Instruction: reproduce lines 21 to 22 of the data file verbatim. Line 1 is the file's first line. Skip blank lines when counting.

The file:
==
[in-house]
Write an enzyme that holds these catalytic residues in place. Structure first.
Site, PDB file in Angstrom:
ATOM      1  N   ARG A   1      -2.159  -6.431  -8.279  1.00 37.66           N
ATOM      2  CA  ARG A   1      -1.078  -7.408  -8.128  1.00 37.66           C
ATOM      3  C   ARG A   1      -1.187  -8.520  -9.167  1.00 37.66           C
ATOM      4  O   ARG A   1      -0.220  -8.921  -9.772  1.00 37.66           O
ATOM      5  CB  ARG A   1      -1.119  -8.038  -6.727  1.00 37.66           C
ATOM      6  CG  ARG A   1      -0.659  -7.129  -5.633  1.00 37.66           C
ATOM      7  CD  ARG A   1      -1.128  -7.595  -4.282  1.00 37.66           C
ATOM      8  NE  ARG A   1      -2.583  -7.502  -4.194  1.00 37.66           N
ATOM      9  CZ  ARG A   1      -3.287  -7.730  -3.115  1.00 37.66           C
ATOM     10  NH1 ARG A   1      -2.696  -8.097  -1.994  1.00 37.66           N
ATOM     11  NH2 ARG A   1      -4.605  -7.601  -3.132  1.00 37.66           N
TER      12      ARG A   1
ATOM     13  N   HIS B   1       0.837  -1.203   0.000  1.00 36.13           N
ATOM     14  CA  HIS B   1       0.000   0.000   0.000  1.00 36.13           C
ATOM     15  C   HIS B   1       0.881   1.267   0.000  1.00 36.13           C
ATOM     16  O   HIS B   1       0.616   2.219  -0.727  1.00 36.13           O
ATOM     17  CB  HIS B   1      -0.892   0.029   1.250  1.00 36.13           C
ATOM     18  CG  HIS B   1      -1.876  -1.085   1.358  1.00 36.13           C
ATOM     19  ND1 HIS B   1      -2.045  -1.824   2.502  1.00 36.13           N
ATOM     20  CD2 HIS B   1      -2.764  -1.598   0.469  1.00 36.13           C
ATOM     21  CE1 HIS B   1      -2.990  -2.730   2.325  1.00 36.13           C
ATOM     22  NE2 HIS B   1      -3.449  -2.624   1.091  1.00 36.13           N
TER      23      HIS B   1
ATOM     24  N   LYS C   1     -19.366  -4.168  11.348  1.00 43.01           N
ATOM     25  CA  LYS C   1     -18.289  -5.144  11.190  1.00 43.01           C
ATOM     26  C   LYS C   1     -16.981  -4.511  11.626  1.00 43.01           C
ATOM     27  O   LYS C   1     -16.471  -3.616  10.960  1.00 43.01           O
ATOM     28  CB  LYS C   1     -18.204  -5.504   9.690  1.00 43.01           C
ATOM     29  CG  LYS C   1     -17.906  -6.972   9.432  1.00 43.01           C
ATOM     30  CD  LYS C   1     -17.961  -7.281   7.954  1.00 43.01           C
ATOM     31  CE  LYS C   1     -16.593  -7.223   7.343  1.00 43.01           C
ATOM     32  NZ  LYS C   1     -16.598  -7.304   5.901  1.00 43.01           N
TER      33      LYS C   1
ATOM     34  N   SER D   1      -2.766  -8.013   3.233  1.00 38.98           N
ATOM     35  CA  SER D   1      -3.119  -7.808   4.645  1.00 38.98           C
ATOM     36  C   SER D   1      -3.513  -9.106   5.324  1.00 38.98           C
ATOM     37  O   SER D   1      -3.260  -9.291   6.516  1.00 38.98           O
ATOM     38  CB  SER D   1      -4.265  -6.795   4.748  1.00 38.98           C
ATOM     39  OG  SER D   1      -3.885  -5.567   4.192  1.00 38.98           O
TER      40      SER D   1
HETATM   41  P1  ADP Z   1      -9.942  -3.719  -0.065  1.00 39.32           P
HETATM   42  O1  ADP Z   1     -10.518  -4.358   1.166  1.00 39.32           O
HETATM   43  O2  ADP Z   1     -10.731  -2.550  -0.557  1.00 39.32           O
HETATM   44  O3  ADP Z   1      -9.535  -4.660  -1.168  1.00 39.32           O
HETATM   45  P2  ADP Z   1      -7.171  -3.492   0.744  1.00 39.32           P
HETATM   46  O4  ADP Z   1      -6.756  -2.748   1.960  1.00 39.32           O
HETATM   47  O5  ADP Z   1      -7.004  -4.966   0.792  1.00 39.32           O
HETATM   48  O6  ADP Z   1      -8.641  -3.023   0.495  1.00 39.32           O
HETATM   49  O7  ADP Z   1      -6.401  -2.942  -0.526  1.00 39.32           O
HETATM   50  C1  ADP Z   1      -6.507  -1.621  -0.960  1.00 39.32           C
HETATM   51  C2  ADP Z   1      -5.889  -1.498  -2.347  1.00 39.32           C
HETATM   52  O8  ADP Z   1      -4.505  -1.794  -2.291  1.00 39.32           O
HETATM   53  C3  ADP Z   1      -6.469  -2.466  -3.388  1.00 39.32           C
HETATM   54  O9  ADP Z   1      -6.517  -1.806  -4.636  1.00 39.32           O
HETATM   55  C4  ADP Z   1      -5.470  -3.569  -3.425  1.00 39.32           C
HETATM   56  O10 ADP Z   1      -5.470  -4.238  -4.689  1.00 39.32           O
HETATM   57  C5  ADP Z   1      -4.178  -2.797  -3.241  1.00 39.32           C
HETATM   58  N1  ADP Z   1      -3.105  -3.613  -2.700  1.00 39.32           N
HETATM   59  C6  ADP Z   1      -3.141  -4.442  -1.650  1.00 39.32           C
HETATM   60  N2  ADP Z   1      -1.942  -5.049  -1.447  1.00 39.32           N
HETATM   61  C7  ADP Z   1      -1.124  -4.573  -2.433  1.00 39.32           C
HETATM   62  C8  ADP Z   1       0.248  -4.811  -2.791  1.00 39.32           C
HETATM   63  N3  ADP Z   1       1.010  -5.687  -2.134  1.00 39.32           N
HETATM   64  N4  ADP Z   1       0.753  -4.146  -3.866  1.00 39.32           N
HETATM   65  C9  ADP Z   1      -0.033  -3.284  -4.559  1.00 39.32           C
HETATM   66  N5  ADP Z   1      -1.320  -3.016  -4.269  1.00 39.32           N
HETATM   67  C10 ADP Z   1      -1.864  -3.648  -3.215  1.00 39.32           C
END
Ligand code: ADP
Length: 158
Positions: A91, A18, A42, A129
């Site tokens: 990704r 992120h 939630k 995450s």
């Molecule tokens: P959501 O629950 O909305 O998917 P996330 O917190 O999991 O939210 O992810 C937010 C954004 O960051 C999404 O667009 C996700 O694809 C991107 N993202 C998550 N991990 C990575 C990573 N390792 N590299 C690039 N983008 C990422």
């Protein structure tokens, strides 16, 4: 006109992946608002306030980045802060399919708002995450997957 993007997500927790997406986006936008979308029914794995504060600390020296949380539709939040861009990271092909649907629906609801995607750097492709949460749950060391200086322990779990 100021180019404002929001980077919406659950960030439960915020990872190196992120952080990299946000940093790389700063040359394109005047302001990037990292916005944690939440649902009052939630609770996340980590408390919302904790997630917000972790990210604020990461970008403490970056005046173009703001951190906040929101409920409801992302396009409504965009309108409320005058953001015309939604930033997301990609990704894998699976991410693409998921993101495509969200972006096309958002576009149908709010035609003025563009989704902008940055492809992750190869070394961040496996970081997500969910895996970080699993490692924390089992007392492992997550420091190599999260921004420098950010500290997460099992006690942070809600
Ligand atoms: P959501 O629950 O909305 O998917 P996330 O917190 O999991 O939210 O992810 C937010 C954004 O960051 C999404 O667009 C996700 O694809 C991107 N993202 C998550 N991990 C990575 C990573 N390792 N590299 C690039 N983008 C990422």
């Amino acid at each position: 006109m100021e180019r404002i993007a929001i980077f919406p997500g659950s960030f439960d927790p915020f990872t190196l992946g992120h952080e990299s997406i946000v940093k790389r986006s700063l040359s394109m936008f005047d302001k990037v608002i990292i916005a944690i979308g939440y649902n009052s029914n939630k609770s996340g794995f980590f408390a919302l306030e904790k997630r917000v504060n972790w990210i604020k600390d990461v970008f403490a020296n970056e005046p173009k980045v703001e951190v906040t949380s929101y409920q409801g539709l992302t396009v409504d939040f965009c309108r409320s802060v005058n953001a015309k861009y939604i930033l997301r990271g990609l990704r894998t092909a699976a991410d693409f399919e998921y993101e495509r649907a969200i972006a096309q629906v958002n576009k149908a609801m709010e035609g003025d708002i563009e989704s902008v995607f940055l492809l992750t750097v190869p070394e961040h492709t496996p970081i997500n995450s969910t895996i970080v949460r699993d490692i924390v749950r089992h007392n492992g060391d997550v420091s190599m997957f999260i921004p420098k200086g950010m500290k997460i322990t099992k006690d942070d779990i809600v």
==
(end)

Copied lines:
ATOM     18  CG  HIS B   1      -1.876  -1.085   1.358  1.00 36.13           C
ATOM     19  ND1 HIS B   1      -2.045  -1.824   2.502  1.00 36.13           N